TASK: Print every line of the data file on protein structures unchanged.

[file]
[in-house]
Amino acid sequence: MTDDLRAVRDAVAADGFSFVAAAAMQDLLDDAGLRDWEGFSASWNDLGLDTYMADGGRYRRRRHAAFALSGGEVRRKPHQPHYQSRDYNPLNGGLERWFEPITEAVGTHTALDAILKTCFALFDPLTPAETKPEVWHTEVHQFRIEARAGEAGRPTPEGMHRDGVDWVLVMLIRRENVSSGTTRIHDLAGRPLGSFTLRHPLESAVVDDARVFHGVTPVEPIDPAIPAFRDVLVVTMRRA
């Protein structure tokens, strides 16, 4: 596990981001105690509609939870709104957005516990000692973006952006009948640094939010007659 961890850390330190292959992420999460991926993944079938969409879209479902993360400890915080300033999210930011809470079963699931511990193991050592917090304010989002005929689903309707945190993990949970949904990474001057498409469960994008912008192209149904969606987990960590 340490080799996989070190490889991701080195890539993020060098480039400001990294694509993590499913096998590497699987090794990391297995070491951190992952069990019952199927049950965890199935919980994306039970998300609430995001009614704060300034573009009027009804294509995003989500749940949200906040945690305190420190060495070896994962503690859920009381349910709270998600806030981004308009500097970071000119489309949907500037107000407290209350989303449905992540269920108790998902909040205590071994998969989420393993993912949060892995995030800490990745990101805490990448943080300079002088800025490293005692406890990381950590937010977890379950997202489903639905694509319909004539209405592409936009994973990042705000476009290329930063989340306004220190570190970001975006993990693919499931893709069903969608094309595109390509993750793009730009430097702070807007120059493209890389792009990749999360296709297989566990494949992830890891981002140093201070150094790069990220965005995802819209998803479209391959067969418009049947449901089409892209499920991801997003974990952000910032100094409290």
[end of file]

[in-house]
Amino acid sequence: MTDDLRAVRDAVAADGFSFVAAAAMQDLLDDAGLRDWEGFSASWNDLGLDTYMADGGRYRRRRHAAFALSGGEVRRKPHQPHYQSRDYNPLNGGLERWFEPITEAVGTHTALDAILKTCFALFDPLTPAETKPEVWHTEVHQFRIEARAGEAGRPTPEGMHRDGVDWVLVMLIRRENVSSGTTRIHDLAGRPLGSFTLRHPLESAVVDDARVFHGVTPVEPIDPAIPAFRDVLVVTMRRA
């Protein structure tokens, strides 16, 4: 596990981001105690509609939870709104957005516990000692973006952006009948640094939010007659 961890850390330190292959992420999460991926993944079938969409879209479902993360400890915080300033999210930011809470079963699931511990193991050592917090304010989002005929689903309707945190993990949970949904990474001057498409469960994008912008192209149904969606987990960590 340490080799996989070190490889991701080195890539993020060098480039400001990294694509993590499913096998590497699987090794990391297995070491951190992952069990019952199927049950965890199935919980994306039970998300609430995001009614704060300034573009009027009804294509995003989500749940949200906040945690305190420190060495070896994962503690859920009381349910709270998600806030981004308009500097970071000119489309949907500037107000407290209350989303449905992540269920108790998902909040205590071994998969989420393993993912949060892995995030800490990745990101805490990448943080300079002088800025490293005692406890990381950590937010977890379950997202489903639905694509319909004539209405592409936009994973990042705000476009290329930063989340306004220190570190970001975006993990693919499931893709069903969608094309595109390509993750793009730009430097702070807007120059493209890389792009990749999360296709297989566990494949992830890891981002140093201070150094790069990220965005995802819209998803479209391959067969418009049947449901089409892209499920991801997003974990952000910032100094409290």